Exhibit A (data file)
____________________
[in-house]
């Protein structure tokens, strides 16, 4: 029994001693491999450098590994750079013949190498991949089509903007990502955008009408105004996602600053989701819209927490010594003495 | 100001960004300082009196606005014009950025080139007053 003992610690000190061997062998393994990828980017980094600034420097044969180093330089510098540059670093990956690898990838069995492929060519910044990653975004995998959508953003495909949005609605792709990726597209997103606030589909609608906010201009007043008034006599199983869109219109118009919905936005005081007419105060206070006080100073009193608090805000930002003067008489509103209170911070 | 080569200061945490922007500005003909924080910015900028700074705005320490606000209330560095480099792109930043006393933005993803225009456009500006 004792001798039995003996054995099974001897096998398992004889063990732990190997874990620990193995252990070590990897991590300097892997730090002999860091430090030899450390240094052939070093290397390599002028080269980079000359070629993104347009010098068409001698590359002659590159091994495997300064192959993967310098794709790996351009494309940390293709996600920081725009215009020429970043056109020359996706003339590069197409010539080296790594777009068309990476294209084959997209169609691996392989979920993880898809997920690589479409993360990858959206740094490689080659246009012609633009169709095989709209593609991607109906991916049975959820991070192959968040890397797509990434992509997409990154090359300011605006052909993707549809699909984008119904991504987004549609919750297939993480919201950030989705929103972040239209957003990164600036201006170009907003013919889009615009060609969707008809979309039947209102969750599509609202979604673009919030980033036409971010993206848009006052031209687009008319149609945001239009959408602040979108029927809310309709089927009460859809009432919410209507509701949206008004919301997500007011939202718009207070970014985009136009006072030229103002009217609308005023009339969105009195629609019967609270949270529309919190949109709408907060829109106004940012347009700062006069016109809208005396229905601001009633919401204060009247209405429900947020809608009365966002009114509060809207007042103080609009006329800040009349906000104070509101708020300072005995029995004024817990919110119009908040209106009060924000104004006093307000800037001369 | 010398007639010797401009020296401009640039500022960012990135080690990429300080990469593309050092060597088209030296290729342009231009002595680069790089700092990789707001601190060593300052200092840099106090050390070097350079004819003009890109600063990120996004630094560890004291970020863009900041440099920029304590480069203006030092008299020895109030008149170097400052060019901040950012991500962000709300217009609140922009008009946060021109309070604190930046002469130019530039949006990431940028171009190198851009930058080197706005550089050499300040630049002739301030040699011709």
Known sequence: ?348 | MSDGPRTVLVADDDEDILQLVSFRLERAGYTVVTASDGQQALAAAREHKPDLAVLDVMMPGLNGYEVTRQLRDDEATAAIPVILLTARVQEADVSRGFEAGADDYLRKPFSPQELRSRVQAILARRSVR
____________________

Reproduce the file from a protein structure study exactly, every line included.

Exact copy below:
[in-house]
């Protein structure tokens, strides 16, 4: 029994001693491999450098590994750079013949190498991949089509903007990502955008009408105004996602600053989701819209927490010594003495 | 100001960004300082009196606005014009950025080139007053 003992610690000190061997062998393994990828980017980094600034420097044969180093330089510098540059670093990956690898990838069995492929060519910044990653975004995998959508953003495909949005609605792709990726597209997103606030589909609608906010201009007043008034006599199983869109219109118009919905936005005081007419105060206070006080100073009193608090805000930002003067008489509103209170911070 | 080569200061945490922007500005003909924080910015900028700074705005320490606000209330560095480099792109930043006393933005993803225009456009500006 004792001798039995003996054995099974001897096998398992004889063990732990190997874990620990193995252990070590990897991590300097892997730090002999860091430090030899450390240094052939070093290397390599002028080269980079000359070629993104347009010098068409001698590359002659590159091994495997300064192959993967310098794709790996351009494309940390293709996600920081725009215009020429970043056109020359996706003339590069197409010539080296790594777009068309990476294209084959997209169609691996392989979920993880898809997920690589479409993360990858959206740094490689080659246009012609633009169709095989709209593609991607109906991916049975959820991070192959968040890397797509990434992509997409990154090359300011605006052909993707549809699909984008119904991504987004549609919750297939993480919201950030989705929103972040239209957003990164600036201006170009907003013919889009615009060609969707008809979309039947209102969750599509609202979604673009919030980033036409971010993206848009006052031209687009008319149609945001239009959408602040979108029927809310309709089927009460859809009432919410209507509701949206008004919301997500007011939202718009207070970014985009136009006072030229103002009217609308005023009339969105009195629609019967609270949270529309919190949109709408907060829109106004940012347009700062006069016109809208005396229905601001009633919401204060009247209405429900947020809608009365966002009114509060809207007042103080609009006329800040009349906000104070509101708020300072005995029995004024817990919110119009908040209106009060924000104004006093307000800037001369 | 010398007639010797401009020296401009640039500022960012990135080690990429300080990469593309050092060597088209030296290729342009231009002595680069790089700092990789707001601190060593300052200092840099106090050390070097350079004819003009890109600063990120996004630094560890004291970020863009900041440099920029304590480069203006030092008299020895109030008149170097400052060019901040950012991500962000709300217009609140922009008009946060021109309070604190930046002469130019530039949006990431940028171009190198851009930058080197706005550089050499300040630049002739301030040699011709």
Known sequence: ?348 | MSDGPRTVLVADDDEDILQLVSFRLERAGYTVVTASDGQQALAAAREHKPDLAVLDVMMPGLNGYEVTRQLRDDEATAAIPVILLTARVQEADVSRGFEAGADDYLRKPFSPQELRSRVQAILARRSVR